Step 4: Select The “Sample All Layers” Option
By default, the Spot Healing Brush works only with the layer that’s currently selected in the Layers palette, which will cause us some problems if we try to use it right now since we have a blank layer selected, which means that all we’d be able to do is replace nothing with different nothing. We need to tell Photoshop to look at the image on the Background layer as well. To do that, select the Sample All Layers option in the Options Bar along the top of the screen:
Step 5: Click On The Problem Spots To Heal Them
With the Spot Healing Brush and the Sample All Layers option selected, all we need to do now is click on problem areas in the image to fix them! I’ll zoom in on an area of the girl’s face so I can see the problem spots more clearly, then I’ll move my brush cursor over one of the pimples and adjust my brush size with the left or right bracket key so it’s just slightly larger than the pimple itself:
I’ll click on the pimple with the Spot Healing Brush, and just like that, it’s gone, replaced with good texture from somewhere in the surrounding area:
As I mentioned earlier, sometimes the Spot Healing Brush can make a mistake, so if that happens, just press Ctrl+Z (Win) / Command+Z (Mac) to undo it and try again. Each time you try again, you’ll get a different, random result. I’ll continue clearing up other pimples in the area by moving my brush over them, adjusting its size with the left or right bracket key, and clicking:
For problem areas that don’t fit easily into the round shape of the brush cursor, like small scratches or oddly-shaped skin blemishes, simply click and drag over them, again keeping the brush as small as possible. Here, we see a longer, narrow row of pimples just below the corner of the girl’s mouth:
To heal this area, I’ll click and drag a short stroke over it, starting just below the pimples and moving upward. As you drag, it will look as if you’re painting over the area with black. The color is only temporary so you can see the area you’ve covered:
When you release your mouse button, the black color disappears and the area is healed:
The direction you drag in can make a big difference in the results because Photoshop favors the area you started dragging from when it looks for replacement texture. If you can’t seem to get the Spot Healing Brush to work no matter how many times you drag over the problem, try dragging from a different direction, and whenever possible, begin dragging from the cleanest area with the largest amount of useable image data.
The Brush Modes
If you’re using the Spot Healing Brush to remove acne or other skin problems as I am here, you’ll often get even better results by changing the Brush Mode in the Options Bar from Normal (the default setting) to Lighten:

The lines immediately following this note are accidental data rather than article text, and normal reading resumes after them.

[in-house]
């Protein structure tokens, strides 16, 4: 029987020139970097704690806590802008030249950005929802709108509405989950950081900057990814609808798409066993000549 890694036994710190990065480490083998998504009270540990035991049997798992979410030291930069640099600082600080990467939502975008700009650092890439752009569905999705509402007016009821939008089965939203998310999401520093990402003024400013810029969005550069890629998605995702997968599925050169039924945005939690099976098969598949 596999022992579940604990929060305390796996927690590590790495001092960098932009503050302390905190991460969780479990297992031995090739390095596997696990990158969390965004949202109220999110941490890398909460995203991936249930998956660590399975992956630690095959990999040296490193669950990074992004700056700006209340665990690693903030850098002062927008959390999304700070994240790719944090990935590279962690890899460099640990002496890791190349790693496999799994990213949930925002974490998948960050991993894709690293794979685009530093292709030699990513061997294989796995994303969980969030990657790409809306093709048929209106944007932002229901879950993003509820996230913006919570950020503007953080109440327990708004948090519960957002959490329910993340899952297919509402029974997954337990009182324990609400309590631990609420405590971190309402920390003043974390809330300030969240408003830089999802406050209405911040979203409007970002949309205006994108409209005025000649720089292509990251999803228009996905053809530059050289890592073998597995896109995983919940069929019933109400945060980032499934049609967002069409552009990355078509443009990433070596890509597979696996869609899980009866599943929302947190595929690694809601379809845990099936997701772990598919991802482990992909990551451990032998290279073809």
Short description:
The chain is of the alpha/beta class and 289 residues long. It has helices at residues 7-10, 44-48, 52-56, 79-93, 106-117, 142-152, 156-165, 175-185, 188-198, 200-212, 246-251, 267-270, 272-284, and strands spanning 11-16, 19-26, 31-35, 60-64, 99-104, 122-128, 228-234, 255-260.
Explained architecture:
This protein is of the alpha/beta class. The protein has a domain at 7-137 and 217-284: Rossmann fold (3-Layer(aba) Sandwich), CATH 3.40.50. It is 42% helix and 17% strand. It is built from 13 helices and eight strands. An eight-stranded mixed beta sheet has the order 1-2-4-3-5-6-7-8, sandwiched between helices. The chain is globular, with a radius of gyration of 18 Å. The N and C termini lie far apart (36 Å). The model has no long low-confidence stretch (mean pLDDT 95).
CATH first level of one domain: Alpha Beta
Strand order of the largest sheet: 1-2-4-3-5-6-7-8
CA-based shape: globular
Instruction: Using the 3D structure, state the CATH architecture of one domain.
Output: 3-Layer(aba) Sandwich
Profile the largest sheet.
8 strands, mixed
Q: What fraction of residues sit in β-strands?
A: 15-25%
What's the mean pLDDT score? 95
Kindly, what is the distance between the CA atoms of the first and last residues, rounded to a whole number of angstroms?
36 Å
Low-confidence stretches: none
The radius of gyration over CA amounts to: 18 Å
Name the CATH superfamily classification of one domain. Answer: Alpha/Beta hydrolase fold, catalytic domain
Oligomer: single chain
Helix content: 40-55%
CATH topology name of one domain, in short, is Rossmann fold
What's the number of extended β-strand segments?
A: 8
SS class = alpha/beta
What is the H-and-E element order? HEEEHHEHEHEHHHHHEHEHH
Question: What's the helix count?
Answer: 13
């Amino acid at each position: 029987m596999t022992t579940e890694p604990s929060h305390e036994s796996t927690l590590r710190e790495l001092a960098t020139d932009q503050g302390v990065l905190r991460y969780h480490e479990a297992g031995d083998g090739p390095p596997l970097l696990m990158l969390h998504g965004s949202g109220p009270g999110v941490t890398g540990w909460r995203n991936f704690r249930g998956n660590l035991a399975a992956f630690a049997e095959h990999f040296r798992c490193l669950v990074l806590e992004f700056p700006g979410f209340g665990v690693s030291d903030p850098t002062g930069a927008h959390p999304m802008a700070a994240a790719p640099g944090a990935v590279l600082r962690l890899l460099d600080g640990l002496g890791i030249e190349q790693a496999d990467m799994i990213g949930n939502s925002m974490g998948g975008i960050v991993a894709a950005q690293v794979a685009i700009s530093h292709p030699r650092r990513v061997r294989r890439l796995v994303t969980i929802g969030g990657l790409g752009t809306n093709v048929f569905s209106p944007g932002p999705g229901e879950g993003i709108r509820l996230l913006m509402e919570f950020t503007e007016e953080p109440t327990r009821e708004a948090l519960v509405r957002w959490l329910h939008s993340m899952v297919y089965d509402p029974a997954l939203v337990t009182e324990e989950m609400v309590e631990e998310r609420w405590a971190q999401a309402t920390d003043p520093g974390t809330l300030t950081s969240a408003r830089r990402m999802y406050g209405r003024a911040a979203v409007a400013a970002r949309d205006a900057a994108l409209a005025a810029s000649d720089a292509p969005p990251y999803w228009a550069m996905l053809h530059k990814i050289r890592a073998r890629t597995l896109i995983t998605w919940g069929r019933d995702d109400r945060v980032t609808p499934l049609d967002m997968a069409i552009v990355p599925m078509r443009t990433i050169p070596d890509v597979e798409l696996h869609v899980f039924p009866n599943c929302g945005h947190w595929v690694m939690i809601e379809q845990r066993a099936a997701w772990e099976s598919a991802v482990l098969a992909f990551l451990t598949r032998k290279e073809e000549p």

With the brush mode set to Lighten, Photoshop will only replace pixels that are darker than the good texture data. Since pimples and other skin blemishes are usually darker than normal skin tone, only the pimple or blemish itself gets replaced, leaving more of the original image surrounding it intact. If a blemish happens to be lighter than the normal skin tone, use the Darken mode. You can quickly switch between all of the brush modes for the Spot Healing Brush from your keyboard by holding down the Shift key and pressing the + or - keys.
Proximity Match and Create Texture
Directly to the right of the brush mode in the Options Bar are two additional options, Proximity Match and Create Texture. Proximity Match is the default setting and with it selected, Photoshop looks for good image data surrounding the problem area you’ve clicked on and randomly selects texture from the good area to replace the bad texture with. Sometimes though, there simply isn’t enough good image data to use and no matter how many times you try, the Spot Healing Brush fails miserably. When you find yourself in this situation, try selecting the Create Texture option. Photoshop will examine the surrounding area and create its own texture based on what it thinks the good texture should look like.
I’ll continue clicking around the image to remove the remaining pimples. Here, once again, is how the photo looked originally:
And here’s how it looks after quickly retouching it with the Spot Healing Brush:
Was I able to fix every problem with the Spot Healing Brush? No. It’s hard to see in the screenshot, but there’s a couple of larger scars on her forehead and chin that would be a better match for the regular Healing Brush. However, with nothing more than a couple of minutes of my time and a few clicks of the mouse, Photoshop’s Spot Healing Brush was able to do a fantastic job of removing the girl’s acne and leaving smooth, healthy looking skin in its place.
And there we have it!